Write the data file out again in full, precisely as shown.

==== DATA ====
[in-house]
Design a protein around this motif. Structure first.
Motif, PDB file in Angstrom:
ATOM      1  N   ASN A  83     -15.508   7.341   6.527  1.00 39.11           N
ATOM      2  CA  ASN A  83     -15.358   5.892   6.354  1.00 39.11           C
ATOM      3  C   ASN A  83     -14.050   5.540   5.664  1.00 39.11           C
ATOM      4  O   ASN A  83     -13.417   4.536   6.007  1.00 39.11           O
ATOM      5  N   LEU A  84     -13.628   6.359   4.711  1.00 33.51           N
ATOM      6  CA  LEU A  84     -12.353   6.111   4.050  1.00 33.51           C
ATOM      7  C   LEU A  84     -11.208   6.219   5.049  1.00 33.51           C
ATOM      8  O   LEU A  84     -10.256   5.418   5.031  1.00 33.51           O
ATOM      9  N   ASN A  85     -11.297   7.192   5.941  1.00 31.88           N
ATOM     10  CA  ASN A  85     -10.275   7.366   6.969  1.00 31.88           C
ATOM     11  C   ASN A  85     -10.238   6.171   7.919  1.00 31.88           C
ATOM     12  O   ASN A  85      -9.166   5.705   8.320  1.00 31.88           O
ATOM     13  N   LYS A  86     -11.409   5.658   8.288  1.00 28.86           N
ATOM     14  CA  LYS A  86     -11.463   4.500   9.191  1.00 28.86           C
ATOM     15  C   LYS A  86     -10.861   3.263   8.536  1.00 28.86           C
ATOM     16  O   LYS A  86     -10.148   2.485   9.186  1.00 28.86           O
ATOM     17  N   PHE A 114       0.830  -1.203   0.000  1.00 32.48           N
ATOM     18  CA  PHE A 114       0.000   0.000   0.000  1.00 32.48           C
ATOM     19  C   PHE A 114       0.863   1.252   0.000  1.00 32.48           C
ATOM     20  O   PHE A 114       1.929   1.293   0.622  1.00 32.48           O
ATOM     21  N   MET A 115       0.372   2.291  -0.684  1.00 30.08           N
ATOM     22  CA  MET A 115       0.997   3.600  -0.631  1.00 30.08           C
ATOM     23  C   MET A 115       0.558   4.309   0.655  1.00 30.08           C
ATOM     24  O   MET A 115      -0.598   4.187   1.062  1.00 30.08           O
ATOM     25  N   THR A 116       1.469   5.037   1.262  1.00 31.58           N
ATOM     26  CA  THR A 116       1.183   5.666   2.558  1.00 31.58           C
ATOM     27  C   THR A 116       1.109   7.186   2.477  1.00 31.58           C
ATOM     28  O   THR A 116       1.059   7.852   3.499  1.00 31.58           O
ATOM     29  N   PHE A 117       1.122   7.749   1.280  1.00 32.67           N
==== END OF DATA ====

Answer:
[in-house]
Design a protein around this motif. Structure first.
Motif, PDB file in Angstrom:
ATOM      1  N   ASN A  83     -15.508   7.341   6.527  1.00 39.11           N
ATOM      2  CA  ASN A  83     -15.358   5.892   6.354  1.00 39.11           C
ATOM      3  C   ASN A  83     -14.050   5.540   5.664  1.00 39.11           C
ATOM      4  O   ASN A  83     -13.417   4.536   6.007  1.00 39.11           O
ATOM      5  N   LEU A  84     -13.628   6.359   4.711  1.00 33.51           N
ATOM      6  CA  LEU A  84     -12.353   6.111   4.050  1.00 33.51           C
ATOM      7  C   LEU A  84     -11.208   6.219   5.049  1.00 33.51           C
ATOM      8  O   LEU A  84     -10.256   5.418   5.031  1.00 33.51           O
ATOM      9  N   ASN A  85     -11.297   7.192   5.941  1.00 31.88           N
ATOM     10  CA  ASN A  85     -10.275   7.366   6.969  1.00 31.88           C
ATOM     11  C   ASN A  85     -10.238   6.171   7.919  1.00 31.88           C
ATOM     12  O   ASN A  85      -9.166   5.705   8.320  1.00 31.88           O
ATOM     13  N   LYS A  86     -11.409   5.658   8.288  1.00 28.86           N
ATOM     14  CA  LYS A  86     -11.463   4.500   9.191  1.00 28.86           C
ATOM     15  C   LYS A  86     -10.861   3.263   8.536  1.00 28.86           C
ATOM     16  O   LYS A  86     -10.148   2.485   9.186  1.00 28.86           O
ATOM     17  N   PHE A 114       0.830  -1.203   0.000  1.00 32.48           N
ATOM     18  CA  PHE A 114       0.000   0.000   0.000  1.00 32.48           C
ATOM     19  C   PHE A 114       0.863   1.252   0.000  1.00 32.48           C
ATOM     20  O   PHE A 114       1.929   1.293   0.622  1.00 32.48           O
ATOM     21  N   MET A 115       0.372   2.291  -0.684  1.00 30.08           N
ATOM     22  CA  MET A 115       0.997   3.600  -0.631  1.00 30.08           C
ATOM     23  C   MET A 115       0.558   4.309   0.655  1.00 30.08           C
ATOM     24  O   MET A 115      -0.598   4.187   1.062  1.00 30.08           O
ATOM     25  N   THR A 116       1.469   5.037   1.262  1.00 31.58           N
ATOM     26  CA  THR A 116       1.183   5.666   2.558  1.00 31.58           C
ATOM     27  C   THR A 116       1.109   7.186   2.477  1.00 31.58           C
ATOM     28  O   THR A 116       1.059   7.852   3.499  1.00 31.58           O
ATOM     29  N   PHE A 117       1.122   7.749   1.280  1.00 32.67           N